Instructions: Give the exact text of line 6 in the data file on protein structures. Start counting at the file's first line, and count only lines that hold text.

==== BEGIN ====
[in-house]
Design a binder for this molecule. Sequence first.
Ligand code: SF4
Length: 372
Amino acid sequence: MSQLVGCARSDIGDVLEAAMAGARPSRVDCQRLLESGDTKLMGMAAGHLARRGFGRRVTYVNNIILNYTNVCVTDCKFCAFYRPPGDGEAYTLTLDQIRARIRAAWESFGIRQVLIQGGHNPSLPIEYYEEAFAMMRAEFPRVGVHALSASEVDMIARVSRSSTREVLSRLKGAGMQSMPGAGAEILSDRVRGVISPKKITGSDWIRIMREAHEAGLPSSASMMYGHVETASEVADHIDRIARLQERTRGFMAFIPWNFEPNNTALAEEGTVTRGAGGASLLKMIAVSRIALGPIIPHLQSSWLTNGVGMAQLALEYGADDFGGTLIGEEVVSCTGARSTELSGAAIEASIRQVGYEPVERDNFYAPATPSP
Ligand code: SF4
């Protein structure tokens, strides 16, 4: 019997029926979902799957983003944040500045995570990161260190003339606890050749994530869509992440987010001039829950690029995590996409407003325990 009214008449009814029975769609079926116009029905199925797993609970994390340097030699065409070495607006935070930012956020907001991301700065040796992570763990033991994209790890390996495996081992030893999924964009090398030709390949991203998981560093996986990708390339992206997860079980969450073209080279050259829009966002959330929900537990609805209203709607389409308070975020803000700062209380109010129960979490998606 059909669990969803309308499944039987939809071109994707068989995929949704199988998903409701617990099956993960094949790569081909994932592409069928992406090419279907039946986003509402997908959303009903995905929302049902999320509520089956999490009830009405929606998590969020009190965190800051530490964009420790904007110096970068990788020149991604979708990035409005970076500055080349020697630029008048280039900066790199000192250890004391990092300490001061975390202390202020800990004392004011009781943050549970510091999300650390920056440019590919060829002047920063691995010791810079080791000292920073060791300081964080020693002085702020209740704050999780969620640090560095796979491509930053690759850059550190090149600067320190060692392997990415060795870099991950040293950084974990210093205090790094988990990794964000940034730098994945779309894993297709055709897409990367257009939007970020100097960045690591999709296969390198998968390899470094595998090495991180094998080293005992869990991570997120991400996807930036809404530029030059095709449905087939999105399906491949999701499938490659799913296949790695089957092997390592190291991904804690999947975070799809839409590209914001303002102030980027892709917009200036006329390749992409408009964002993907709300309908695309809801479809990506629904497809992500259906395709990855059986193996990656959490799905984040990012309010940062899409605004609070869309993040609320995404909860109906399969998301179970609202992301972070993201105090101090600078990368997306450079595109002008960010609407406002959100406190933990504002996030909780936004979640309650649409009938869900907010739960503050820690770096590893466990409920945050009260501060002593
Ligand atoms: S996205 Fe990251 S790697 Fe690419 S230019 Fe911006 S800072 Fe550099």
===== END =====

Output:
Ligand code: SF4